As many of us know, October is Breast Cancer Awareness month. Humans have known about breast cancer as far back as the early Egyptians. And, because of its visible manifestations, breast cancer has been mentioned in essentially every period since then. In the early years, the theories of what caused breast cancer varied from everything from too much black bile to a sedentary lifestyle to childlessness. It was not until the 20th century that real advances in the disease's origins began to develop and efficacious treatments began to emerge. Now, early detection and diagnosis along with advances in treatment have increased the survival rate to 83%.
With the ever evolving advances in medicine, today, merely surviving is not the goal; the goal is to continue living. What helps to fulfill this goal is for patients to be seen as and treated as human persons, not numbers on a chart or the disease they are fighting. Part of this falls within the responsibility of the doctor, but part also falls on the patient, who must be informed, educated and inquisitive.
For newly diagnosed patients, this means asking a lot of questions, even if it feels scary to do so. As reported by US Health News, there are seven pertinent questions to ask about a breast cancer diagnoses:
1. What type of breast cancer do I have?
2. How big is my tumor?
3. Is the cancer in my lymph nodes?
4. What is the stage of my cancer?
5. What is the grade of my tumor?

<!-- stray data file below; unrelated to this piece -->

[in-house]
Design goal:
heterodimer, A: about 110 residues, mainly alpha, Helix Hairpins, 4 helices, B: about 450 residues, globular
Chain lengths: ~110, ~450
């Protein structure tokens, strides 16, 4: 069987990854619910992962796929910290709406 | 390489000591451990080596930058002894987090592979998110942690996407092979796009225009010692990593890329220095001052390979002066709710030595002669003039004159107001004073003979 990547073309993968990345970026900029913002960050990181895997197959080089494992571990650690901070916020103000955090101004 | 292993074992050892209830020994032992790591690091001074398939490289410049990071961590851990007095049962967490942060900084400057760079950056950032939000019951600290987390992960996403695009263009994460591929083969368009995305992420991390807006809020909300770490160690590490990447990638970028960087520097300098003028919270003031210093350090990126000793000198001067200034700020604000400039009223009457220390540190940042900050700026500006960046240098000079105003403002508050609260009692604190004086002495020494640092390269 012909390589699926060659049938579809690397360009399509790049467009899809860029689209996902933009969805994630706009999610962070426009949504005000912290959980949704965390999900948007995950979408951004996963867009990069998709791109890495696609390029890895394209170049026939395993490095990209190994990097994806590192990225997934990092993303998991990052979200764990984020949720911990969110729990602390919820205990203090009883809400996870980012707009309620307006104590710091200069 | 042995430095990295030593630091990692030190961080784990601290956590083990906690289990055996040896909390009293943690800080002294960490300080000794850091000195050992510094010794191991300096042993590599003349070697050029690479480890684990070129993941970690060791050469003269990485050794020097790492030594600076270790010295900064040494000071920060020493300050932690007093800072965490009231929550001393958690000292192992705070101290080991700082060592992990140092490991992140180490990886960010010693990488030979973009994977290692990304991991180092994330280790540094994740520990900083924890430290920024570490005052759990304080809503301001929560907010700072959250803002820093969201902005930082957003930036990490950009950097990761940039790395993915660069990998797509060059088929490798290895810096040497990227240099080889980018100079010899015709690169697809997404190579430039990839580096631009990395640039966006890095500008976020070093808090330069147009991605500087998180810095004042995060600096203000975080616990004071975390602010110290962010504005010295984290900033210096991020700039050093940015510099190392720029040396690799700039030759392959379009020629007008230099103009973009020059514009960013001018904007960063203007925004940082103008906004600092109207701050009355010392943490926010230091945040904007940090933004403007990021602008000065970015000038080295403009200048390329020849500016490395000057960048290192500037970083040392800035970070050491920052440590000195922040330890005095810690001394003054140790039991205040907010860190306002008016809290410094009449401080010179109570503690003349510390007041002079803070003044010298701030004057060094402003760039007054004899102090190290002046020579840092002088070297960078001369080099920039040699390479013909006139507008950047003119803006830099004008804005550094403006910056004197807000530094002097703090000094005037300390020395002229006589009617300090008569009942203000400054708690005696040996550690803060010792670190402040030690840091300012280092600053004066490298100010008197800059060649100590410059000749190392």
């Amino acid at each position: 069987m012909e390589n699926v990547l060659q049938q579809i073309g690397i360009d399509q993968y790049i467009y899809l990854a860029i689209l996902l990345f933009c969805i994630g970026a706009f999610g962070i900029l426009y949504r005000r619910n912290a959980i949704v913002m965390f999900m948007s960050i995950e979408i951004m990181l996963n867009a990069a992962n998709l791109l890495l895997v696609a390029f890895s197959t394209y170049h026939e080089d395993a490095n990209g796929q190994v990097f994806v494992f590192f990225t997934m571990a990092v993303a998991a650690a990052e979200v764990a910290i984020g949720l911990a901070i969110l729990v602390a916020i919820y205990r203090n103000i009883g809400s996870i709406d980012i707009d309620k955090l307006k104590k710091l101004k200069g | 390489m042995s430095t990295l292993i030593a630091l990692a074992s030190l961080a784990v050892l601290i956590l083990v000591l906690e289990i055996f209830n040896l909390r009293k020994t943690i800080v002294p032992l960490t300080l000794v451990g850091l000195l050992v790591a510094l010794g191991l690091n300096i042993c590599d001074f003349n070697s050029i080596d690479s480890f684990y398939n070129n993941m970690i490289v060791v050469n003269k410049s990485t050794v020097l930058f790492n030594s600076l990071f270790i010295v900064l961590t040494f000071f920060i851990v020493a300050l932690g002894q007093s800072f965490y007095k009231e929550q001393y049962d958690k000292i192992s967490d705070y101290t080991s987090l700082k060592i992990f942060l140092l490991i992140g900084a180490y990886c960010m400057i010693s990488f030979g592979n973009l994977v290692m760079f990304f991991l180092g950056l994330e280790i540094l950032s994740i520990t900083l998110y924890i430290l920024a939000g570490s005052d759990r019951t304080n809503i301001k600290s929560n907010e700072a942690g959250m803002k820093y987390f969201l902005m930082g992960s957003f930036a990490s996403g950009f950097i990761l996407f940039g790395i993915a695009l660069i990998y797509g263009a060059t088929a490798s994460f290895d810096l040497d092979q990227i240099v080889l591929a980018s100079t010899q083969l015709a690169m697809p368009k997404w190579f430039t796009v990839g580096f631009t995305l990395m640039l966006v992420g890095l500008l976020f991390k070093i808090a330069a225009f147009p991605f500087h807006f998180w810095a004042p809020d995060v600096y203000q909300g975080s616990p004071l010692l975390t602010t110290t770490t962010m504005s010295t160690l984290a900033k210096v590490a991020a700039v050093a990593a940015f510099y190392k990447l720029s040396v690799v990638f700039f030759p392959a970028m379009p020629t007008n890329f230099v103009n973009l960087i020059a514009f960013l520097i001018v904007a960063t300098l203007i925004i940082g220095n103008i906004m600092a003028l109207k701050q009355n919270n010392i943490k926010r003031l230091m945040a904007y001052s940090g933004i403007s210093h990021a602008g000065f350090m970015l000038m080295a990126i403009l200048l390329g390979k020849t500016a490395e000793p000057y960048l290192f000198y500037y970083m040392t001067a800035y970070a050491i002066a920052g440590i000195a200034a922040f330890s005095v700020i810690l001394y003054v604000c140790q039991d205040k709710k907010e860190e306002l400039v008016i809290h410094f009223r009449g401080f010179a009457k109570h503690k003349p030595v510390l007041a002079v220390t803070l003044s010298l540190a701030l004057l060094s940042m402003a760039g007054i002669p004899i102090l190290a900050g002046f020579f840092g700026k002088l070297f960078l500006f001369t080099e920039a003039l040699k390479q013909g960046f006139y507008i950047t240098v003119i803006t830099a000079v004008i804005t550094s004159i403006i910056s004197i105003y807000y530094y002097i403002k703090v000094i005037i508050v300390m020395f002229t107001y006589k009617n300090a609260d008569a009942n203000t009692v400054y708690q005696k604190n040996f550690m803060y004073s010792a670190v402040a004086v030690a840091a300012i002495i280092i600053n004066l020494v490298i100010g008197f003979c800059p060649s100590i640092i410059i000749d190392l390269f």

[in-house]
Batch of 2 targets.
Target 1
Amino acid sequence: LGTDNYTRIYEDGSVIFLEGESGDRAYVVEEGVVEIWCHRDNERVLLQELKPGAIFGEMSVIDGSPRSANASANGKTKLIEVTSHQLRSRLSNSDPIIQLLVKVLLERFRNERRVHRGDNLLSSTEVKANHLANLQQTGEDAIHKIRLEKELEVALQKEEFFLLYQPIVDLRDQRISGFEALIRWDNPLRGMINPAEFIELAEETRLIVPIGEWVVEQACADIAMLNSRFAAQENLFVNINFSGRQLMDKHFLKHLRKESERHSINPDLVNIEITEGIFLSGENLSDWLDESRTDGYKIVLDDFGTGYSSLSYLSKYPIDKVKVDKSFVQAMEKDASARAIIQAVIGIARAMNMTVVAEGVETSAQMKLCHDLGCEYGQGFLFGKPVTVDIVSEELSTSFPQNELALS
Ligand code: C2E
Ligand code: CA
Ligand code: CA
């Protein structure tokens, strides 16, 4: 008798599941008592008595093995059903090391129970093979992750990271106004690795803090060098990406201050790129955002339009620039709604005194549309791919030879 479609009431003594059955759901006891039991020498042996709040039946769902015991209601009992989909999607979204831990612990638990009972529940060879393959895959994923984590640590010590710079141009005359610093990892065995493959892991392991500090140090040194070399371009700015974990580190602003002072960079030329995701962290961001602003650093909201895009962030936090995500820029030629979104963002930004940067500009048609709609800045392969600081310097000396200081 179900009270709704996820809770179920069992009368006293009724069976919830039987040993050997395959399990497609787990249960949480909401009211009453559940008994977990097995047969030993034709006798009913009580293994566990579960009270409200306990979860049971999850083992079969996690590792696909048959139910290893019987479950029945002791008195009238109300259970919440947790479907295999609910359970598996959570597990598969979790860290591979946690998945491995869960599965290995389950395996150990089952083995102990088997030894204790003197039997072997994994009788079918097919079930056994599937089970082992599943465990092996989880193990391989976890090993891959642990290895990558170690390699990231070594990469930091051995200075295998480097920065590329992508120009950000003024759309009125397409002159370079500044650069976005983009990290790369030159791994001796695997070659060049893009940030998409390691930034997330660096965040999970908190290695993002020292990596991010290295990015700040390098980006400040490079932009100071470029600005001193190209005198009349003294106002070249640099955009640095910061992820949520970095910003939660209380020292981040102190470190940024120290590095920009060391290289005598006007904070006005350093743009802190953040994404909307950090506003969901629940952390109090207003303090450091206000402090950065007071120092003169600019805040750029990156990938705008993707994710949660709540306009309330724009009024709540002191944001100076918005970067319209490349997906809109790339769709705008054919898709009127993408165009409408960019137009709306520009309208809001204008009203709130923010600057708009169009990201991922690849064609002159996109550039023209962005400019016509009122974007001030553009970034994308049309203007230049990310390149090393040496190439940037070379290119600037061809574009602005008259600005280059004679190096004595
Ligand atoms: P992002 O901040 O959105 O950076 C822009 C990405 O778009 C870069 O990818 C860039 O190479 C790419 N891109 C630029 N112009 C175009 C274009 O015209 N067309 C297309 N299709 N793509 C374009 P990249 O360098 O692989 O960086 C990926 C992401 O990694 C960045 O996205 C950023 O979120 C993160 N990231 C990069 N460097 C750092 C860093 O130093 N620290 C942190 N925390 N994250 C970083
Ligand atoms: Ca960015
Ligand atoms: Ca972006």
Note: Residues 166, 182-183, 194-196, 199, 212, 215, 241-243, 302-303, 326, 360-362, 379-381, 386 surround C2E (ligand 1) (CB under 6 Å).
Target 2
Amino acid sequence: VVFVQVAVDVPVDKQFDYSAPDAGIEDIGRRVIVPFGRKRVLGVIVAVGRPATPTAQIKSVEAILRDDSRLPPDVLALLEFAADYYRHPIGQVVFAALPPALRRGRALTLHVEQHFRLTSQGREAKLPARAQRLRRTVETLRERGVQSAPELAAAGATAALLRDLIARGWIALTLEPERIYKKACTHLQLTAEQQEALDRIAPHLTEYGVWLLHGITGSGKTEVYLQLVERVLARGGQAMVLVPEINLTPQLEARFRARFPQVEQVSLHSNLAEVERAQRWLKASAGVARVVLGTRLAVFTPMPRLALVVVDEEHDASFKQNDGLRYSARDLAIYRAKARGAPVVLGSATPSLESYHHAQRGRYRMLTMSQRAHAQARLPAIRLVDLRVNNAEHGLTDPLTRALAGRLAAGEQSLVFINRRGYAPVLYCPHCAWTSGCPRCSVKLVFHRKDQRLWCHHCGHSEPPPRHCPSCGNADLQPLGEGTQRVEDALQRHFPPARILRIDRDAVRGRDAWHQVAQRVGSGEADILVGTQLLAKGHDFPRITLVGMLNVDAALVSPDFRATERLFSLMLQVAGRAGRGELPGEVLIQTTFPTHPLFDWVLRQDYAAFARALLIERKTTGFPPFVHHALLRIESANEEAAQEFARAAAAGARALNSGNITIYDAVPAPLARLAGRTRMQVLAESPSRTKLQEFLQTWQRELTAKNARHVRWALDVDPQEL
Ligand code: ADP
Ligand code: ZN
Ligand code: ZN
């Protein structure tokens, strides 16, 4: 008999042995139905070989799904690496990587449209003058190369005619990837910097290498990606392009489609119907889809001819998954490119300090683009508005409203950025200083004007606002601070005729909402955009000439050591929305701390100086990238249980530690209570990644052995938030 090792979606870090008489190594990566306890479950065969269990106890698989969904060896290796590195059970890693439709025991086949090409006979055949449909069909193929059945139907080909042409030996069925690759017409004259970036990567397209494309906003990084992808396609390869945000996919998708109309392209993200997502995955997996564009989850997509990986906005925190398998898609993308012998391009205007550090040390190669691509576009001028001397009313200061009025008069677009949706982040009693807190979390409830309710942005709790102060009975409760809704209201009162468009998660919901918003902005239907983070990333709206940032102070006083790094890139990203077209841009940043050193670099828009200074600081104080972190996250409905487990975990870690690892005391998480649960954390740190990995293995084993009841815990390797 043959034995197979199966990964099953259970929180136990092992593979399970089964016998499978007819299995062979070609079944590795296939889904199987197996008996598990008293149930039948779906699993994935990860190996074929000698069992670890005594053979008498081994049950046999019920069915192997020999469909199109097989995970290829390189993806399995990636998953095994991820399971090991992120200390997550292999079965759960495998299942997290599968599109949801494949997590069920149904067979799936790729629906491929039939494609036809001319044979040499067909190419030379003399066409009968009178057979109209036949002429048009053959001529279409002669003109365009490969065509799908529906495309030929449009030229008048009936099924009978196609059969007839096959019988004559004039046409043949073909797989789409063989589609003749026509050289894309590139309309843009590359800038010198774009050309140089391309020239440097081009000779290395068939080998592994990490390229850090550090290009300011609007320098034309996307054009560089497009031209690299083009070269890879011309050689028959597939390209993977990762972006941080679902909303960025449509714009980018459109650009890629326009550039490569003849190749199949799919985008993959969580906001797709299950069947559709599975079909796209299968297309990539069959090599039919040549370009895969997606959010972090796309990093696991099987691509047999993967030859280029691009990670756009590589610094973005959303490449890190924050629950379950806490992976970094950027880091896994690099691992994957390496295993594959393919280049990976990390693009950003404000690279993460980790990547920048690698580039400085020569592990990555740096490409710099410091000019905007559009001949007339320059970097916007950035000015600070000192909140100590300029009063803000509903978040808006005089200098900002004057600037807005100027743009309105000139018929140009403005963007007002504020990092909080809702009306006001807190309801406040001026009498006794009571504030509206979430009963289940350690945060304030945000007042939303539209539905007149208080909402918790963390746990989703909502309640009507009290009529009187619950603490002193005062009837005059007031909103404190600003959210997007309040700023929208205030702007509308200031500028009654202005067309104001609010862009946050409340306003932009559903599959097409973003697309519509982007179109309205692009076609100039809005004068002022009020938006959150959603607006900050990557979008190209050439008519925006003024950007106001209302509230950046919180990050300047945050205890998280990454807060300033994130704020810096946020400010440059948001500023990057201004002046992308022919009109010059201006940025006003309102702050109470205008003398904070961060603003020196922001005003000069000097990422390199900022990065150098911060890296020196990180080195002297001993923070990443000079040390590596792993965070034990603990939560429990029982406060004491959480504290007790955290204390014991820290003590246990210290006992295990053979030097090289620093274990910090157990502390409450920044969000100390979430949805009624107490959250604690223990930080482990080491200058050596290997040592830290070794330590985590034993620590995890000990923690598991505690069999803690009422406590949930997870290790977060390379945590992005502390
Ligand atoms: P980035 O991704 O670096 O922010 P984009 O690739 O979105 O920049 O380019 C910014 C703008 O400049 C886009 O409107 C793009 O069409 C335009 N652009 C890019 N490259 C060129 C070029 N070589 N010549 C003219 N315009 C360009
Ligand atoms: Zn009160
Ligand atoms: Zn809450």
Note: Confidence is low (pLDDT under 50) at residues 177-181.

6. What is my estrogen receptor and progesterone receptor status?
7. What is my HER2 status?
Each of these questions can help inform patients about crucial issues and can inform their treatment decisions. Common treatments for breast cancer include chemotherapy, surgery, radiation, and various types of medication. One type of medication that has been popular is Taxotere.
Taxotere is an intravenous injection manufactured by Sanofi-Aventis. It is primarily used to treat breast cancer and is a popular treatment option because of its convenient injection schedule. However, one of the side effects of Taxotere can be permanent hair loss, also known as alopecia. In fact, many women did not see hair regrowth for more than ten years after completing their treatment. By being educated about options, doing research and asking pertinent questions, patients can make decisions that are truly informed and can avoid medications that cause such devastating effects in favor of equally effective treatment modalities. Cancer is scary. Cancer is real. Be an informed patient. Be an advocate for yourself.